Warren Buffett's Berkshire Hathaway is making a massive bet on renewable energy. While the bet is actually pretty small in the grand scheme of things, the opportunity alone is so vast that Buffett can cherry pick the most profitable investments for Berkshire Hathaway. One of the reasons for this is that due to the size and scale of Berkshire Hathaway, Buffett can chose to invest in large-scale projects like those he purchased from SunPower and First Solar, which can really help move the needle for Berkshire Hathaway. So while his bet might not be big enough right now, there's ample room for it to grow in the future. 

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Matt DiLallo has no position in any stocks mentioned. The Motley Fool recommends Berkshire Hathaway. The Motley Fool owns shares of Berkshire Hathaway. Try any of our Foolish newsletter services free for 30 days. We Fools may not all hold the same opinions, but we all believe that considering a diverse range of insights makes us better investors. The Motley Fool has a disclosure policy.

4 in 5 Americans Are Ignoring Buffett's Warning

Don't be one of them.

Jun 12, 2015 at 5:01PM

Admitting fear is difficult.

So you can imagine how shocked I was to find out Warren Buffett recently told a select number of investors about the cutting-edge technology that's keeping him awake at night.

This past May, The Motley Fool sent 8 of its best stock analysts to Omaha, Nebraska to attend the Berkshire Hathaway annual shareholder meeting. CEO Warren Buffett and Vice Chairman Charlie Munger fielded questions for nearly 6 hours.
The catch was: Attendees weren't allowed to record any of it. No audio. No video. 

Our team of analysts wrote down every single word Buffett and Munger uttered. Over 16,000 words. But only two words stood out to me as I read the detailed transcript of the event: "Real threat."

That's how Buffett responded when asked about this emerging market that is already expected to be worth more than $2 trillion in the U.S. alone. Google has already put some of its best engineers behind the technology powering this trend.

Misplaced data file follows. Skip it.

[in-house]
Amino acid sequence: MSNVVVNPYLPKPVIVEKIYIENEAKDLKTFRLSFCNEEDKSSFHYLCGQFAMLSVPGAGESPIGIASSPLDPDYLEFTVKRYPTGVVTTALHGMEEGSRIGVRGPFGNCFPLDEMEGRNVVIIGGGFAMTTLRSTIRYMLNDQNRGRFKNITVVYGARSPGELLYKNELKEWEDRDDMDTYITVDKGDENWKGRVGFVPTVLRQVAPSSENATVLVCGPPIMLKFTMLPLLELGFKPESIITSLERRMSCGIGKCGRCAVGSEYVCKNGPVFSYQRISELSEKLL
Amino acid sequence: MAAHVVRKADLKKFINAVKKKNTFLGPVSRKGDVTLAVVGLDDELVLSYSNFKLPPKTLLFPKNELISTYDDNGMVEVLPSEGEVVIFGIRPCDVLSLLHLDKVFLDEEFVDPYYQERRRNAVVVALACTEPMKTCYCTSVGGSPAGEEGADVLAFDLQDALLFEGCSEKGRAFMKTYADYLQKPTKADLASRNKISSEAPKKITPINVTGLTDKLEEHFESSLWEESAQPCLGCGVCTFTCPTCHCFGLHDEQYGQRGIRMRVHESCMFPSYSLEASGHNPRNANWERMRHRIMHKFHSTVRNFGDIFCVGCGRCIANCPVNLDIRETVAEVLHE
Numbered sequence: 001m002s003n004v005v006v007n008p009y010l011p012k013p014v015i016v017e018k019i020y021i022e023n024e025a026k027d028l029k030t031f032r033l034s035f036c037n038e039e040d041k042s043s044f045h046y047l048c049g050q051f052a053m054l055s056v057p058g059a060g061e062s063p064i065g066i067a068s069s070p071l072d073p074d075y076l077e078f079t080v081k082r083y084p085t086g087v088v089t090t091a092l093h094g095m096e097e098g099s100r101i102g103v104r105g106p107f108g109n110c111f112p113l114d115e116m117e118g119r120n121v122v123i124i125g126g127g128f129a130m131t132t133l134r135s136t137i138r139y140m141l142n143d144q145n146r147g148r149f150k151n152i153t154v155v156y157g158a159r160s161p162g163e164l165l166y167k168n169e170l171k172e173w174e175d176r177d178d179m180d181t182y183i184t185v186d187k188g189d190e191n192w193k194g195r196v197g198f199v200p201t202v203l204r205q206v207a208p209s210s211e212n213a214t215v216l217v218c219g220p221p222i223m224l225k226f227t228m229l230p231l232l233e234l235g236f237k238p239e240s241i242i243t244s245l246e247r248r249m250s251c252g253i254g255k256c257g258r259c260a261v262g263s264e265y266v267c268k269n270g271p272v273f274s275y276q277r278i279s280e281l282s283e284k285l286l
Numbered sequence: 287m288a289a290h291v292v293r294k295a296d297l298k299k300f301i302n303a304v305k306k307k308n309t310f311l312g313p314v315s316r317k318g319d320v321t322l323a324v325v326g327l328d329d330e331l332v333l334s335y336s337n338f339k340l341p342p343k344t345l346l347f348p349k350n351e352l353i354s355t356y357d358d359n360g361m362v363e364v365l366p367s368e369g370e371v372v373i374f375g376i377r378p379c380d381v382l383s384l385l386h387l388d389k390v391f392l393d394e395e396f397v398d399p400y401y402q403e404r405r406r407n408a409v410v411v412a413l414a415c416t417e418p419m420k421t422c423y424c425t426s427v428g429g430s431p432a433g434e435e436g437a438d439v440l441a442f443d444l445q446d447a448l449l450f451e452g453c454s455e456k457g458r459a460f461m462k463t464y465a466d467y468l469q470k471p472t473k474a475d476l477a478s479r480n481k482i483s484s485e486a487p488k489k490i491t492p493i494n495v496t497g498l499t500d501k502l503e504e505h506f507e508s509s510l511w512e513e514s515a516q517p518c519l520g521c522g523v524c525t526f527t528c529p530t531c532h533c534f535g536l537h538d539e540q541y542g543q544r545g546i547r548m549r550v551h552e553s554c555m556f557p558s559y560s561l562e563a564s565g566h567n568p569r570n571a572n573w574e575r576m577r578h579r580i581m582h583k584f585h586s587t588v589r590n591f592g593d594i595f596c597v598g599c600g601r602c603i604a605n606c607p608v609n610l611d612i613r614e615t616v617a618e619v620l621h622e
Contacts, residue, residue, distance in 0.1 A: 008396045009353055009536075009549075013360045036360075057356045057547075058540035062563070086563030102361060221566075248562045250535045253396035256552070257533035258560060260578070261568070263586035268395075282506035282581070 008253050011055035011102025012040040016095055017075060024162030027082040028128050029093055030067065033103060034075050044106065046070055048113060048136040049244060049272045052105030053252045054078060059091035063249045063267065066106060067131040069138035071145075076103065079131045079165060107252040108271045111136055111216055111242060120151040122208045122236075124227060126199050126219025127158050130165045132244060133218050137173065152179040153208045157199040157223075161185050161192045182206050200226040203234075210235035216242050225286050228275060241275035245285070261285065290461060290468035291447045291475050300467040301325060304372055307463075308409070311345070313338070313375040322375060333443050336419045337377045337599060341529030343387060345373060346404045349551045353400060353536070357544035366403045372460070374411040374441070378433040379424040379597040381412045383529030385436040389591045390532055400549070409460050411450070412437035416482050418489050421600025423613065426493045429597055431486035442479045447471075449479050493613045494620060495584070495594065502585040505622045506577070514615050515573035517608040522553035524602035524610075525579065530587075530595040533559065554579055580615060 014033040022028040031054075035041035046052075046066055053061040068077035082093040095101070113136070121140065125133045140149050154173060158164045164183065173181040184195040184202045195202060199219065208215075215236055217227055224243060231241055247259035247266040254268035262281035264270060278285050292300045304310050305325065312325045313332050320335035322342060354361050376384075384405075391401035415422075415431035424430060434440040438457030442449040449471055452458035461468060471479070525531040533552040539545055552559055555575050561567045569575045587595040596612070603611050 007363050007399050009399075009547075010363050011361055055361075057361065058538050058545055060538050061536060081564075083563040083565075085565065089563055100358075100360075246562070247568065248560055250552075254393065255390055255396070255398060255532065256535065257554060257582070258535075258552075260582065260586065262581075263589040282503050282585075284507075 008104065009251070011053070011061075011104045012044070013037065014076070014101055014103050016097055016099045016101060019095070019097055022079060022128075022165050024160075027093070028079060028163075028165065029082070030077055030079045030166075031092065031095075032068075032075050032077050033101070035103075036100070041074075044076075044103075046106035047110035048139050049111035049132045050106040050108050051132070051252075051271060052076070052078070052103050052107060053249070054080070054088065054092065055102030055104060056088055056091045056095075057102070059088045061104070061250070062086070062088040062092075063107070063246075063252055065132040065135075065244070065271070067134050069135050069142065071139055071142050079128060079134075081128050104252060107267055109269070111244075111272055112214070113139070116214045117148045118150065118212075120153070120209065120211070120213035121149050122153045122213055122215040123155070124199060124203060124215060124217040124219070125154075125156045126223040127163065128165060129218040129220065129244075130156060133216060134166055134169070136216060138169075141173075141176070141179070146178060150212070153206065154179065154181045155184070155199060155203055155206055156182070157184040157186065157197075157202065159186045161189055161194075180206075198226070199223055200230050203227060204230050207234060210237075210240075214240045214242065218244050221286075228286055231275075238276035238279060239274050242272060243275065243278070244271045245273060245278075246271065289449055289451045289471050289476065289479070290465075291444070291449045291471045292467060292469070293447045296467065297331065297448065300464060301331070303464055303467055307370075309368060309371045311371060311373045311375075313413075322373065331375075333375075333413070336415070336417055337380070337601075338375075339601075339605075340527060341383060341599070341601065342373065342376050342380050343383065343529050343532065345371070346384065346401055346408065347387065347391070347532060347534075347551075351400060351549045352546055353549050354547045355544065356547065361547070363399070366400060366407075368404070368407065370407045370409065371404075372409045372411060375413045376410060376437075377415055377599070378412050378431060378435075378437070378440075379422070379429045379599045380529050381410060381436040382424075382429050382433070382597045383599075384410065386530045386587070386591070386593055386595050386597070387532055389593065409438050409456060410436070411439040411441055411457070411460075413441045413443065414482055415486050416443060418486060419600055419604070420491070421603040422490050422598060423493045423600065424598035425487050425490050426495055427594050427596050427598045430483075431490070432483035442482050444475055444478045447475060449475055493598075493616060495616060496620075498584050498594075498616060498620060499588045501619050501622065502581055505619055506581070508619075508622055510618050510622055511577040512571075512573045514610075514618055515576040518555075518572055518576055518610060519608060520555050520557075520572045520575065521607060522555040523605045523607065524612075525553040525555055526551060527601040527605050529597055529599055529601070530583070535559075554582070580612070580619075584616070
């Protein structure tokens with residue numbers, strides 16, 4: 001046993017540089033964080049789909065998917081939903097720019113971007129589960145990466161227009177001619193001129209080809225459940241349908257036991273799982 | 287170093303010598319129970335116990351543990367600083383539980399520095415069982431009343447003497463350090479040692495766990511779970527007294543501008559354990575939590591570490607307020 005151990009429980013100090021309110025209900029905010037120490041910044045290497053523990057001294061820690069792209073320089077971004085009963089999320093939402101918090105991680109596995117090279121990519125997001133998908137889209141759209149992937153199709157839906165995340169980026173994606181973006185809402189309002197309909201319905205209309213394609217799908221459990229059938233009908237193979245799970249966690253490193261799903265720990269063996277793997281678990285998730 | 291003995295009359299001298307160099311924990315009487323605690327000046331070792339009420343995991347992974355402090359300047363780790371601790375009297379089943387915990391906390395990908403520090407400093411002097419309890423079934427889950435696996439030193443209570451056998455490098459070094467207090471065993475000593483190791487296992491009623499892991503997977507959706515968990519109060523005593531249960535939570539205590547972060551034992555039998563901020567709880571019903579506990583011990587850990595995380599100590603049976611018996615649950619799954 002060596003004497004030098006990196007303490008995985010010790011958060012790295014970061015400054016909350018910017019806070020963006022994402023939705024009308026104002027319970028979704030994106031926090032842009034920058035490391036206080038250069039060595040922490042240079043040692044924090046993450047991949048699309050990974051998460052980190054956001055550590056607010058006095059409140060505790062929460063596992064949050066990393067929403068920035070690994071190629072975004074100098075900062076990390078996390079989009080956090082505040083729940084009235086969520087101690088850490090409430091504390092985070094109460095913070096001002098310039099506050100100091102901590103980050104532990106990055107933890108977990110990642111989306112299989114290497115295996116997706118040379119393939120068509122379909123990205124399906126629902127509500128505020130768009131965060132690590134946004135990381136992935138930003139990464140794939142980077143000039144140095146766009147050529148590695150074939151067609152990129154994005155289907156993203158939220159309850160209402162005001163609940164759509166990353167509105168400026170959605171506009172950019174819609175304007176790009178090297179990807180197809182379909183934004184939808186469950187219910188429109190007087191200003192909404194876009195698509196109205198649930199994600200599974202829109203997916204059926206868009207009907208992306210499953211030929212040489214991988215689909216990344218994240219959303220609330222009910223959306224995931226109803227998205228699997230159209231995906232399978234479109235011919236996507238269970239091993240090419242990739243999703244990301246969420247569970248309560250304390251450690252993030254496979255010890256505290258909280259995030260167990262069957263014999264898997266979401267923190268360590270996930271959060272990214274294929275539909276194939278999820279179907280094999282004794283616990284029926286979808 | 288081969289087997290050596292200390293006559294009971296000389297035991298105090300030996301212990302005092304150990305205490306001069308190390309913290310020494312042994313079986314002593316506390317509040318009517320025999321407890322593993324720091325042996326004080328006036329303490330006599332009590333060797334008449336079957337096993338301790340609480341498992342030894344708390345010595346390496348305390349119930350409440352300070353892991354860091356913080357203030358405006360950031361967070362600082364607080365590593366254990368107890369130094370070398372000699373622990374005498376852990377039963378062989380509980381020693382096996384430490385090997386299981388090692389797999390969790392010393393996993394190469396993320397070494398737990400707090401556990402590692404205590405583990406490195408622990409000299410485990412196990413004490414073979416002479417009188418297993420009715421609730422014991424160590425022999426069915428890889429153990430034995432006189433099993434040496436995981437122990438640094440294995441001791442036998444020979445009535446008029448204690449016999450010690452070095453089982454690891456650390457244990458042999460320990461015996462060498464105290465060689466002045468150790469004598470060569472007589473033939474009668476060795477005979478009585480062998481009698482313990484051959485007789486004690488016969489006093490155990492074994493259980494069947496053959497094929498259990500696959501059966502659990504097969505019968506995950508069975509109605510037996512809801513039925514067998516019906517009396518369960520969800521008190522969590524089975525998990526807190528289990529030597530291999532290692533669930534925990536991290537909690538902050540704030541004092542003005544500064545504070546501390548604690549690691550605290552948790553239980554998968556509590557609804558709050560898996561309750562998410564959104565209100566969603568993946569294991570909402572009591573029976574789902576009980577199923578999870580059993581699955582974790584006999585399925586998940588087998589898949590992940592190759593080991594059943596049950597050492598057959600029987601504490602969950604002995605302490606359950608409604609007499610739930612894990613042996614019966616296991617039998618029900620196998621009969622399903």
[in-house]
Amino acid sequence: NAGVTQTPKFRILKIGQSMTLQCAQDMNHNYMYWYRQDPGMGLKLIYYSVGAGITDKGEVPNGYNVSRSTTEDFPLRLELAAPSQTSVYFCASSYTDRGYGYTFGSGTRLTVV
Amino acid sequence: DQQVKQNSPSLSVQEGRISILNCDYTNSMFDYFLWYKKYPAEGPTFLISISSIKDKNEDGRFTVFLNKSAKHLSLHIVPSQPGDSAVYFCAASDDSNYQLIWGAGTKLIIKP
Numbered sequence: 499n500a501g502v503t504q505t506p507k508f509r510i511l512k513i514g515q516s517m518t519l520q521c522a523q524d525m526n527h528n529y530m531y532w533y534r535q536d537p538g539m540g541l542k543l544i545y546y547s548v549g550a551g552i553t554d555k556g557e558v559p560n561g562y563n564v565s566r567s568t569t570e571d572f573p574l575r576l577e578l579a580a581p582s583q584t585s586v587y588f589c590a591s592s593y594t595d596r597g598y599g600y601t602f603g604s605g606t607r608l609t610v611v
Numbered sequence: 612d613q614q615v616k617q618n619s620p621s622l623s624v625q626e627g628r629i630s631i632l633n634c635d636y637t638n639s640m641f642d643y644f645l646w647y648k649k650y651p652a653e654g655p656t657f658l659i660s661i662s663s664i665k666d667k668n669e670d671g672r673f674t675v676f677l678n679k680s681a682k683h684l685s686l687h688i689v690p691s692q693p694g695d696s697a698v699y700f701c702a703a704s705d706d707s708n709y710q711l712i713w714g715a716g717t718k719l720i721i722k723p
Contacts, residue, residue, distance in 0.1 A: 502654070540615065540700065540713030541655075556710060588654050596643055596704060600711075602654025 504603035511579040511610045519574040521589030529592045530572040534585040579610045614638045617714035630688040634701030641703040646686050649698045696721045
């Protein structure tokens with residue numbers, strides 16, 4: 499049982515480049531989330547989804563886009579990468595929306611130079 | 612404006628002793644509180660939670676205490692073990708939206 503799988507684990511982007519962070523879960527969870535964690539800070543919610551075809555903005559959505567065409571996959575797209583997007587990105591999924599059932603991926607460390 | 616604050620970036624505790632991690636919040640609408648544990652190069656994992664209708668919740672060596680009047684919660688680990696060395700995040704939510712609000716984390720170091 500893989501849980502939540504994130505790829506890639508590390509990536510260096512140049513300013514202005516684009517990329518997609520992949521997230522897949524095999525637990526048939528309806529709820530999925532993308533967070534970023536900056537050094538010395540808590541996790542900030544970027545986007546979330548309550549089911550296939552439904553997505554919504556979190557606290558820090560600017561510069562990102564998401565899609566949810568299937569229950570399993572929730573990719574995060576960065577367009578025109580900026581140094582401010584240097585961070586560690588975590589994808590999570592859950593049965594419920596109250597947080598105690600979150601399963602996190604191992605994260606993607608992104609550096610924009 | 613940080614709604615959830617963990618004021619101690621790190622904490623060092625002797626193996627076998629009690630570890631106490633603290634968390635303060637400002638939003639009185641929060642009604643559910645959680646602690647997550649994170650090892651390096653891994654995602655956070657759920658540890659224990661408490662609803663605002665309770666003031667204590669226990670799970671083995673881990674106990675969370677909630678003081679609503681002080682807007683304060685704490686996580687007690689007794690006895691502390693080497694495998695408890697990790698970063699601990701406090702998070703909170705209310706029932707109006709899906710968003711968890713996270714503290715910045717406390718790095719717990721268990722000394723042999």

The amazing thing is, while Buffett may be nervous, the rest of us can invest in this new industry BEFORE the old money realizes what hit them.

KPMG advises we're "on the cusp of revolutionary change" coming much "sooner than you think."

Even one legendary MIT professor had to recant his position that the technology was "beyond the capability of computer science." (He recently confessed to The Wall Street Journal that he's now a believer and amazed "how quickly this technology caught on.")

Yet according to one J.D. Power and Associates survey, only 1 in 5 Americans are even interested in this technology, much less ready to invest in it. Needless to say, you haven't missed your window of opportunity. 

Think about how many amazing technologies you've watched soar to new heights while you kick yourself thinking, "I knew about that technology before everyone was talking about it, but I just sat on my hands." 

Don't let that happen again. This time, it should be your family telling you, "I can't believe you knew about and invested in that technology so early on."

That's why I hope you take just a few minutes to access the exclusive research our team of analysts has put together on this industry and the one stock positioned to capitalize on this major shift.

Click here to learn about this incredible technology before Buffett stops being scared and starts buying!

David Hanson owns shares of Berkshire Hathaway and American Express. The Motley Fool recommends and owns shares of Berkshire Hathaway, Google, and Coca-Cola.We Fools don't all hold the same opinions, but we all believe that considering a diverse range of insights makes us better investors. The Motley Fool has a disclosure policy.